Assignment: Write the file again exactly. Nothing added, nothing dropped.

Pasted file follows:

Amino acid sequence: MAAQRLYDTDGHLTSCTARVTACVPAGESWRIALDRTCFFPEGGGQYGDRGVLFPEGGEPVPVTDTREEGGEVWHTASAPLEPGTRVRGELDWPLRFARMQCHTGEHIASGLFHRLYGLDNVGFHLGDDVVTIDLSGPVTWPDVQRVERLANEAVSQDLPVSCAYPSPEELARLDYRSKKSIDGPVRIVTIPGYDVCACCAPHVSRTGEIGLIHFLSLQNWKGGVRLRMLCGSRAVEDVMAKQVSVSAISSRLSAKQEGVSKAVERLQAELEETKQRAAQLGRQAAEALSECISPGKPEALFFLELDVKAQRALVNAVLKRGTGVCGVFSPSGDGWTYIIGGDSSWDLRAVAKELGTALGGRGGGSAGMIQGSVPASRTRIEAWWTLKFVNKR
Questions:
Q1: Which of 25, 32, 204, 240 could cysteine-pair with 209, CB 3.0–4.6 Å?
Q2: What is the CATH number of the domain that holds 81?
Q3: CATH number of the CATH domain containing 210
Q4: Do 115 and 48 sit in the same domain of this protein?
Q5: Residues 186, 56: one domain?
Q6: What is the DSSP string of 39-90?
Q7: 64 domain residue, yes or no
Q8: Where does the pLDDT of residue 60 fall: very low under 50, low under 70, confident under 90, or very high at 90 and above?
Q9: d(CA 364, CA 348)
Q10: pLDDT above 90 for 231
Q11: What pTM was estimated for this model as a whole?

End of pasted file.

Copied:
Amino acid sequence: MAAQRLYDTDGHLTSCTARVTACVPAGESWRIALDRTCFFPEGGGQYGDRGVLFPEGGEPVPVTDTREEGGEVWHTASAPLEPGTRVRGELDWPLRFARMQCHTGEHIASGLFHRLYGLDNVGFHLGDDVVTIDLSGPVTWPDVQRVERLANEAVSQDLPVSCAYPSPEELARLDYRSKKSIDGPVRIVTIPGYDVCACCAPHVSRTGEIGLIHFLSLQNWKGGVRLRMLCGSRAVEDVMAKQVSVSAISSRLSAKQEGVSKAVERLQAELEETKQRAAQLGRQAAEALSECISPGKPEALFFLELDVKAQRALVNAVLKRGTGVCGVFSPSGDGWTYIIGGDSSWDLRAVAKELGTALGGRGGGSAGMIQGSVPASRTRIEAWWTLKFVNKR
Questions:
Q1: Which of 25, 32, 204, 240 could cysteine-pair with 209, CB 3.0–4.6 Å?
Q2: What is the CATH number of the domain that holds 81?
Q3: CATH number of the CATH domain containing 210
Q4: Do 115 and 48 sit in the same domain of this protein?
Q5: Residues 186, 56: one domain?
Q6: What is the DSSP string of 39-90?
Q7: 64 domain residue, yes or no
Q8: Where does the pLDDT of residue 60 fall: very low under 50, low under 70, confident under 90, or very high at 90 and above?
Q9: d(CA 364, CA 348)
Q10: pLDDT above 90 for 231
Q11: What pTM was estimated for this model as a whole?